Considering I’m on a mission to cleanse my corporate-retail past and embrace eco-fashion, I’ve decided to learn as much about environmentally friendly fabrics as I possibly can. My first lesson comes from Sara Kirsner, the talent behind Doie, a beautiful collection of Asian-inspired bamboo jersey fashions.
All of Sara’s pieces are locally produced in New York City. I got to pay a special visit to her office and observe the designer at work amongst a plethora of bamboo swatches, organic cotton samples, and many adorable dresses. After picking out my favorite one from her spring collection, Sara and I talked shop and answered the ultimate question . . . why not bamboo?
Olivia: Sara, you obviously had some pretty good gigs with very famous and well-respected designers such as Marc Jacobs and Donna Karen. What made you leave that glamorous high-fashion world and start your own environmentally-focused line?
Sara: Contrary to what people might think, high fashion is only glamorous for the fifteen minutes the clothes are on runway. Even though it’s artwork, the amount of time and effort that goes into those fifteen minutes is crazy. I wanted to create clothing that was more accessible to the “everyday” woman.
I started out using regular cotton. After my first collection was produced, I was showing it to my friend’s mom, who also owns Vivaterra, an awesome website featuring eco-lifestyle products. She loved my collection and asked if I could make a few pieces for her in a sustainable fabric such as bamboo or organic cotton. I really liked bamboo and after learning more about it I decided to continue using it for all of my future collections. My family is very environmentally conscious. It just seemed natural. After learning how environmentally disastrous cotton is, I will never go back.
Olivia: It’s funny that you say it just seemed natural, because unlike spandex or polyester, cotton is a plant fiber and is commonly thought of as being “natural” and therefore ecologically sound. In reality, however, cotton uses a massive amount of pesticides and artificial fertilizers. To top it off, developing countries waste huge amounts of precious water and fertile land to grow cotton as a cash crop to repay national debts. Simultaneously, people who live in these countries are malnourished because of the shortages of water and agricultural land.
Sara: Yes, there is that misconception. In reality, however, five of the most commonly used cotton pesticides in the U.S. (cyanide, dicofol, naled, propargite, and trifluralin) are known cancer-causing chemicals and classified by the Environmental Protection Agency as Category I and II Chemicals— the most dangerous chemicals class.
Bamboo production is not completely virtuous as there are harmful chemicals used to breakdown the bamboo into fabric, but bamboo growth does not require any pesticides and is 100% sustainable.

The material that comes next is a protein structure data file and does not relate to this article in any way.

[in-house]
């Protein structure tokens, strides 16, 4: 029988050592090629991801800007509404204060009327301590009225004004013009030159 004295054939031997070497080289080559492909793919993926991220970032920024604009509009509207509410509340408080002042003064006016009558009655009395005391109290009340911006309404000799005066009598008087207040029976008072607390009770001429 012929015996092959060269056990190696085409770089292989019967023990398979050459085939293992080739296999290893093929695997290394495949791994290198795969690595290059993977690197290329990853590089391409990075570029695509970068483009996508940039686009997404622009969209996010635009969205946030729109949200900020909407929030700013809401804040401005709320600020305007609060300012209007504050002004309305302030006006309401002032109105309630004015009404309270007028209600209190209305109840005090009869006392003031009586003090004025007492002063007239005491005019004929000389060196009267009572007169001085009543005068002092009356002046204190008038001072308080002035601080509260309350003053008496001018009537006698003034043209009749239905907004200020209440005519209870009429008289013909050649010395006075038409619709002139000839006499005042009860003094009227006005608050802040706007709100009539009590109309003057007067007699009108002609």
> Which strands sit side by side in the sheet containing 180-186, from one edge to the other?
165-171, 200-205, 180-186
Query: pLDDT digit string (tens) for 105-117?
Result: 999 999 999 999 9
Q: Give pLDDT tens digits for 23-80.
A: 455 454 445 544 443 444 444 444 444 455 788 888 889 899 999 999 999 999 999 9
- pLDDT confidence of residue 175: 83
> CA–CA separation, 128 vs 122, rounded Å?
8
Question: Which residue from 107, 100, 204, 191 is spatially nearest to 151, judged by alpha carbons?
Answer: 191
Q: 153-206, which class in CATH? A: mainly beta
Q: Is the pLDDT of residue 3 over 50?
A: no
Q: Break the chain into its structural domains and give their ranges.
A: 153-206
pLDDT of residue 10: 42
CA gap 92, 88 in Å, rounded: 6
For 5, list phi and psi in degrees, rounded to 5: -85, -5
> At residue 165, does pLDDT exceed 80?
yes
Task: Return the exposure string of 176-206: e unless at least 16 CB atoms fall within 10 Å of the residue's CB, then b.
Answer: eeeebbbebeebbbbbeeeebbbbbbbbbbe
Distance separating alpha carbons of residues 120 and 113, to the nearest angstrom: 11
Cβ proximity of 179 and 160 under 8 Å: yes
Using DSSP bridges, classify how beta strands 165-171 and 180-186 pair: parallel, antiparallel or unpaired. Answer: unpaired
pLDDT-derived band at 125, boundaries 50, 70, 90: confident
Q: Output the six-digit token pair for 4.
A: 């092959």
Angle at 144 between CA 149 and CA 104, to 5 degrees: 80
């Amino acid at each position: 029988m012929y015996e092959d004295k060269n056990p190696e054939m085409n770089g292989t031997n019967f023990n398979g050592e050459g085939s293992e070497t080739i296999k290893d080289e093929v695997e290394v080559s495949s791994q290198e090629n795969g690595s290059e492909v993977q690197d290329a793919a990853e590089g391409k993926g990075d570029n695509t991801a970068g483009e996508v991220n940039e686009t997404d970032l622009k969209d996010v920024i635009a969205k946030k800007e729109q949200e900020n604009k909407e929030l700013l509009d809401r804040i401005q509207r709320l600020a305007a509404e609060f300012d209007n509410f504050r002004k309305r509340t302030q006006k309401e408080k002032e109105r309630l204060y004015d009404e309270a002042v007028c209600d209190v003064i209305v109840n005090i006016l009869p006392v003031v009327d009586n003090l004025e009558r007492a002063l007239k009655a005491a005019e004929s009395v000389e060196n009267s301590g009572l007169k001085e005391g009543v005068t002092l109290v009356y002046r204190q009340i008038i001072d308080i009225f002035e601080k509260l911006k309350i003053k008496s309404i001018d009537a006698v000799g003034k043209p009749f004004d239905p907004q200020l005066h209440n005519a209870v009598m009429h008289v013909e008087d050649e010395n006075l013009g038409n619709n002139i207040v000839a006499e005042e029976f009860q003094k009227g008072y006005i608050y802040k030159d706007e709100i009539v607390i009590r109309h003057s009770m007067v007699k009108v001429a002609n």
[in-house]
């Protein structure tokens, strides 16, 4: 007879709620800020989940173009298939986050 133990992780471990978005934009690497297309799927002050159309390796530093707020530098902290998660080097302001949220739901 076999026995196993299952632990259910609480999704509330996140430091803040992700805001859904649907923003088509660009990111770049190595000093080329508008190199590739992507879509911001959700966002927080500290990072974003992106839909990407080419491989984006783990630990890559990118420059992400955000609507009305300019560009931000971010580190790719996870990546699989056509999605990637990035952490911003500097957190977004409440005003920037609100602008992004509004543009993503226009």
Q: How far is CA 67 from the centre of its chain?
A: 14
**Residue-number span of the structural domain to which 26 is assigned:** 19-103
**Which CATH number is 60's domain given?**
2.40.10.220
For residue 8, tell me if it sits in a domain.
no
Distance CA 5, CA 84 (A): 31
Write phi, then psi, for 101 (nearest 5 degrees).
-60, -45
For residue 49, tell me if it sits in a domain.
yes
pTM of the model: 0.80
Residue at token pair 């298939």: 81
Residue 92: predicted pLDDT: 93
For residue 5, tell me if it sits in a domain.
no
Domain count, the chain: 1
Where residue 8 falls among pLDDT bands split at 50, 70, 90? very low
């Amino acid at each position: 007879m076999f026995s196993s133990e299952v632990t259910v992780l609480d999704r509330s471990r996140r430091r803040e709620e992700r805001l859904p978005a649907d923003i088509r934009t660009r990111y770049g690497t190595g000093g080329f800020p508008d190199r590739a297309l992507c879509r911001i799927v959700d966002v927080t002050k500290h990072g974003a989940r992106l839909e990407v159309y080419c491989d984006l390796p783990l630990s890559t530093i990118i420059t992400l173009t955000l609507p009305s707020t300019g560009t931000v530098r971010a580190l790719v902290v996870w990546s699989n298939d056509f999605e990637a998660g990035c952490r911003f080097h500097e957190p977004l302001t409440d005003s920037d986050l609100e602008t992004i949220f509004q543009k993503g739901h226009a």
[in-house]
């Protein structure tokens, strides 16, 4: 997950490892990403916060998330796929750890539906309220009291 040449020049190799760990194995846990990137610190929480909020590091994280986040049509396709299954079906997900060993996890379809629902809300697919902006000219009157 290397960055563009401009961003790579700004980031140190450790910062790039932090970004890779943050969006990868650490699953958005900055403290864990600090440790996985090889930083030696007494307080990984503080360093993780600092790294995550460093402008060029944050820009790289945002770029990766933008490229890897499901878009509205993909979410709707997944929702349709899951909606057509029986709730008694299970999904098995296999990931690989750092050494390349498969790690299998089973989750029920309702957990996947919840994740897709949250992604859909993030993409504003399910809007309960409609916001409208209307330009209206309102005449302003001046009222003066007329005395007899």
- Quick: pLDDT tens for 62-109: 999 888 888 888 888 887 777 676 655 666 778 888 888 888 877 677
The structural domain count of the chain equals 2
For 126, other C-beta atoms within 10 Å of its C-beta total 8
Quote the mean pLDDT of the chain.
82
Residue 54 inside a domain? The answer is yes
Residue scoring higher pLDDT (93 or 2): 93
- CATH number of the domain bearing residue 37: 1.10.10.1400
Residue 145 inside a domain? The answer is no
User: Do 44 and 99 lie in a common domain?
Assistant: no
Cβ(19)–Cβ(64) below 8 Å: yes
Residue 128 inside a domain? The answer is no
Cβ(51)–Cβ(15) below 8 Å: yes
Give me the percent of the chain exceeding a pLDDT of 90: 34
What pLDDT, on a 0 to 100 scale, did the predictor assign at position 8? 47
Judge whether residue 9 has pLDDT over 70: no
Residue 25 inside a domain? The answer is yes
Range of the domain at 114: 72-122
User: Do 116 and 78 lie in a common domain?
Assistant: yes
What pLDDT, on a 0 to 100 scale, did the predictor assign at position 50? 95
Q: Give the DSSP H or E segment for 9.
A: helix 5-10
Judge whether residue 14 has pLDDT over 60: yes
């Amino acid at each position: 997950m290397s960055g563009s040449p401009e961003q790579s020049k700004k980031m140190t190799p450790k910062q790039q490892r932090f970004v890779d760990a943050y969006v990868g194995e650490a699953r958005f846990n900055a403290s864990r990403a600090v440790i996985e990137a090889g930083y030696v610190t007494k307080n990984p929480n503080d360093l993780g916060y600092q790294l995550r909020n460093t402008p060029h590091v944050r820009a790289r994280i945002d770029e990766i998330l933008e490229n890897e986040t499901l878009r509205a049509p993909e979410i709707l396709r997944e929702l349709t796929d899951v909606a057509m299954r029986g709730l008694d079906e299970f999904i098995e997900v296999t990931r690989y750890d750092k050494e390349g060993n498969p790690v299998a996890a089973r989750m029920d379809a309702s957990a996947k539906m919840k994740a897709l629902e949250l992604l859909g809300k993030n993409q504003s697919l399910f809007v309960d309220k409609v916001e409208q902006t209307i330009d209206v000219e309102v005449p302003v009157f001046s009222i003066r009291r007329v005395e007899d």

Olivia: Fashion and environmentalism aren’t exactly two peas in a pod. Do you ever see the fashion industry fully embracing environmental practices? Is it even a possibility?
Sara: I think it’s “trendy” right now, because of the celebrity following, but I am hoping that it will be a lifestyle change for people and not a trend. Organic food was trendy at one time and now it is a choice that people make every day. I am hoping that will happen with eco-fashion.
I think if there is more demand for eco-clothing, the fashion industry will have to step up and change their practices. I think once large companies start to become more aware of how much harm they are doing, they will change some of their practices.
Olivia: Can you tell us a little more about bamboo jersey? What makes it your fabric of choice?
Sara: Besides being amazingly soft to the touch, bamboo is a highly sustainable resource. A grass, it’s the fastest growing plant in the world and doesn’t require pesticides. Bamboo is also naturally anti-microbial, which means the fabric actually prevents bacteria from growing on it, resulting in clothing that remains odor-free longer than other fabrics . . . meaning less trips to the dry cleaner, which is always a major plus for the planet and your wallet!
Olivia: So the question really is why not bamboo? Do you plan to continue to use bamboo for all of your upcoming seasons or are you going to branch out to other sustainable fabrics? If so what other fabrics are eco-friendly?
Sara: For next spring (’08), I will use bamboo, but plan to incorporate organic cotton into the collection. I think that organic cotton is a great eco-fabric and I am excited to use it.
Olivia: One last question Sara. Where can we buy your amazing designs?
Sara: If you go to my website: www.doiedesigns.com there is a list of stores where you can find my line. You can also order directly from the site.